The lead author of a study appearing this month in Diabetes Care said other data support his findings, pointing to the potential for the SGLT2 inhibitor empagliflozin to replace metformin as first-line therapy.
Studies reported over the past 6 months increasingly point to empagliflozin, used to treat type 2 diabetes (T2D), as a treatment for nonalcoholic fatty liver disease (NAFLD), and one study author said it could lead to these patients being treated right away with the drug.
Mohammad Shafi Kuchay, MBBS, MD, was the first to present findings that show empagliflozin, a sodium-glucose co-transporter 2 (SGLT2) inhibitor, reduces liver fat. Kuchay presented results from the E-LIFT trial in March at the Endocrine Society, and the full study was published this week in Diabetes Care.
In an email to The American Journal of Managed Care®, Kuchay said a new study published this week in Diabetologia is consistent with the E-LIFT results, bolstering the concept that patients with diagnosed with T2D who also have NAFLD should be treated first with empagliflozin (Jardiance from Eli Lilly and Boehringer-Ingelheim).
Kuchay noted that between 50% and 70% of those who have T2D also have NAFLD, which can lead to severe complications if it progresses to nonalcoholic steatohepatitis. Known as NASH, this condition occurs when fat in the liver causes liver cell damage, leading to scarring and cirrhosis. According to the National Institutes of Health (NIH), there are no approved therapies for NAFLD or NASH.
“Finding effective treatment for reducing liver fat and preventing or treating NAFLD is an urgent global public health need,” Kuchay wrote. “There is no medicine approved for NAFLD at present. Empagliflozin has a high potential of getting approval for NAFLD in patients who also have type 2 diabetes.”
If empagliflozin is able to reduce fat, Kuchay wrote, it would the “treatment of choice” for patients with T2D and NAFLD. “You can understand it by analogy from hypertension,” he wrote. “If a patient with type 2 diabetes has hypertension, the first drug of choice for hypertension" is angiotensin-converting-enzyme inhibitors or angiotensin II receptor blockers.
“Similarly, if a patient with type 2 diabetes has NAFLD, the first drug of choice can potentially be empagliflozin; at present it is metformin,” Kuchay wrote.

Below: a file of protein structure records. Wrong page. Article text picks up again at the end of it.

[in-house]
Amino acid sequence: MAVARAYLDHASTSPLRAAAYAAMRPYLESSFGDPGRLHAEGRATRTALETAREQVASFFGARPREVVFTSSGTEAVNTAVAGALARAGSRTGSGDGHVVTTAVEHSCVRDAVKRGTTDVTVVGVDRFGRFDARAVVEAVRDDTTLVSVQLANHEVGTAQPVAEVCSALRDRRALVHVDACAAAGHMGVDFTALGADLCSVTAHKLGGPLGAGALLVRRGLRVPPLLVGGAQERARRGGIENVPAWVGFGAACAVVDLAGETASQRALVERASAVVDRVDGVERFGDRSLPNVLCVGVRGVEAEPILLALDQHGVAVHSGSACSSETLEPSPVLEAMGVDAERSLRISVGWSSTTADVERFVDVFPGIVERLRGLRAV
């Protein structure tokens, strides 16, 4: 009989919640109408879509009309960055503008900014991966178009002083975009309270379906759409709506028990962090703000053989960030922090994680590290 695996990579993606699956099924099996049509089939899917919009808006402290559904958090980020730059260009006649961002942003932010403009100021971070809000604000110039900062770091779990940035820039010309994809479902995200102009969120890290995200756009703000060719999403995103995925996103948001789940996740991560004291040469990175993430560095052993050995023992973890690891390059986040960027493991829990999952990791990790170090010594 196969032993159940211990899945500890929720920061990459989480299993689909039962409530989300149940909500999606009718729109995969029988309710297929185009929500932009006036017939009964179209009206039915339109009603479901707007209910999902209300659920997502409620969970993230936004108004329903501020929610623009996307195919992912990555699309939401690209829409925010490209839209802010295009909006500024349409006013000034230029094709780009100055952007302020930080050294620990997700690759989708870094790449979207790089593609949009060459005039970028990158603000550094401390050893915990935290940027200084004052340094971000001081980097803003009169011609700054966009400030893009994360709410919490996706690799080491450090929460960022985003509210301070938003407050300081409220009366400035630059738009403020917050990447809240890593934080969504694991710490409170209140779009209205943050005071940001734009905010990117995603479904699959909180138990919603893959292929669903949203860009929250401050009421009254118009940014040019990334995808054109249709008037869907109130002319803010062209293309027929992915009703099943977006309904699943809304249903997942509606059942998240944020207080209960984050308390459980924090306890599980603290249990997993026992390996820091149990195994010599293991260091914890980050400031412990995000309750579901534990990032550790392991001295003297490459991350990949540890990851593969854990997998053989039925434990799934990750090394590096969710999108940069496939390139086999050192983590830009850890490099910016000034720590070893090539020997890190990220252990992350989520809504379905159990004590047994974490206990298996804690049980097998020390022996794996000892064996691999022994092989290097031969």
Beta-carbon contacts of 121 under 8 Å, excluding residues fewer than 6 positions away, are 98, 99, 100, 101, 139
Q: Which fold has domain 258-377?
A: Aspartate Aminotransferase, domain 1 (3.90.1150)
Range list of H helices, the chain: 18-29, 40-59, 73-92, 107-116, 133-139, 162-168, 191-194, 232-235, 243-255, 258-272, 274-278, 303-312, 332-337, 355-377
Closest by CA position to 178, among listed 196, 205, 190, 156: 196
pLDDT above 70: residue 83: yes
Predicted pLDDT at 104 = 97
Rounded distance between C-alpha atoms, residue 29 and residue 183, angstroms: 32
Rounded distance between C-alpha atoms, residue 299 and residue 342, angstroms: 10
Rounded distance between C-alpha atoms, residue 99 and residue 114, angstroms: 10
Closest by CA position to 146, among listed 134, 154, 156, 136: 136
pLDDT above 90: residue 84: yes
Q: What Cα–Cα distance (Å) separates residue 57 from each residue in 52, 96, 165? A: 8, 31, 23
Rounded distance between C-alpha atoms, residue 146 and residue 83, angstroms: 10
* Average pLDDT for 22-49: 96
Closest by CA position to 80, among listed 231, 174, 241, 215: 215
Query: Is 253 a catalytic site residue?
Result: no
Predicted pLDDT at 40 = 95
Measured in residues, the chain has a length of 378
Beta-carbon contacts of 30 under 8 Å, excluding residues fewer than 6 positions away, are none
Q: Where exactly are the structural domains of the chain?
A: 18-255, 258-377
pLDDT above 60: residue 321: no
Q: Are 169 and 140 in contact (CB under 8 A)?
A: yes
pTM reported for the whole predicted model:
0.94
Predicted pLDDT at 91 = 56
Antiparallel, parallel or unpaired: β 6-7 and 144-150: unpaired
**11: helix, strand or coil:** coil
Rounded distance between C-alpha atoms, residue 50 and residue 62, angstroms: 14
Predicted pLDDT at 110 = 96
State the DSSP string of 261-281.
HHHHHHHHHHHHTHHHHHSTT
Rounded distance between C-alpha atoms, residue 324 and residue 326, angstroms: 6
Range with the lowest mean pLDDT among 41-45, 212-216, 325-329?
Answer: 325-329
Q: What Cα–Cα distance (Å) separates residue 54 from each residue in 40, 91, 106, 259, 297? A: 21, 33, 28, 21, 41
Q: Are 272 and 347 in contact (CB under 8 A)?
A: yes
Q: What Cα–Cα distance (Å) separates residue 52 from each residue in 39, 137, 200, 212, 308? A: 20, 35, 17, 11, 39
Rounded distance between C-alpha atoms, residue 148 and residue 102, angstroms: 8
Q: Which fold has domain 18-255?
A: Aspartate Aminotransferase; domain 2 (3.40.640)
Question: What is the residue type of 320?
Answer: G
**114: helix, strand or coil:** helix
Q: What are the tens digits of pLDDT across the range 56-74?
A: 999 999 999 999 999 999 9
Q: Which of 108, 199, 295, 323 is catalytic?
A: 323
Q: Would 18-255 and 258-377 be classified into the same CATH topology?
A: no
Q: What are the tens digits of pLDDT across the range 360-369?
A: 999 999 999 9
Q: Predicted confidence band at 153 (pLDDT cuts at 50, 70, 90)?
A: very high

The E-LIFT trial. Kuchay and fellow investigators randomized 50 patients with T2D and NAFLD to either 10 mg of empagliflozin alongside standard of care, or a control group, which received standard care for T2D. Changes in liver fat were measured by magnetic resonance imaging derived proton density fat fraction (MRI-PDFF), a noninvasive method.1
After 20 weeks of treatment, the group receiving empagliflozin showed a significant reduction in liver fat, while the reduction in the control group was not significant. The percentage of liver fat dropped in the treatment group from 16.2% to 11.3% (P <.0001), while the percentage in the control group dropped from 16.4% to 15.5% (P = 0.054).
Notably, this study did not find a correlation between body weight reduction and liver fat reduction, which is key because, until now, the best advice for NAFLD has been to lose weight, according to the NIH.
Diabetologia study. This week, a study led by Naveed Sattar appeared in Diabetologia,2 which examined data from 6 randomized trials involving empagliflozin, including the EMPA-REG OUTCOME trial that was the first to show cardiovascular benefits from a T2D therapy. Researchers evaluated measures of baseline measures of 2 key enzymes, and found changes for those taking empagliflozin that would indicate a reduction in liver fat.
Measures of alanine aminotransferase (ALT) and asparate aminotransferase (AST) by patients taking empagliflozin and other study drugs or placebo were evaluated.
“Transaminases, in particular ALT, are useful correlates of liver fat,” the authors wrote. The EMPA-REG OUTCOME analysis covered 7020 patients; a separate pooled analysis included 2477 patients in 4 placebo-controlled trials of 24 weeks, and a 104-week trial of 1545 patients that compared empagliflozin and glimepiride.
In the EMPA-REG OUTCOME trial, measures of ALT decreased from the baseline to week 28 and remained steady after that in the empagliflozin group. ALT declined steadily but to a lesser extent in the placebo group. The biggest reductions were seen in patients with the highest ALT levels when the study began. Similar reductions were seen in the pooled data.
The authors wrote, “in the EMPA-REG OUTCOME trial, treatment differences in ALT were largely independent of concomitant changes in [glycated hemoglobin] (A1C) or weight in the overall trial population.”
A similar pattern was seen in changes to AST between the empagliflozin and placebo groups in the EMPA-REG OUTCOME trial and in the pooled data, although these changes were of a lower magnitude than changes in ALT.
What’s next? Kuchay said there is now a need for “histological evidence that that examines effect of empagliflozin on inflammation and fibrosis of liver. The study is already going on in Malaysia.”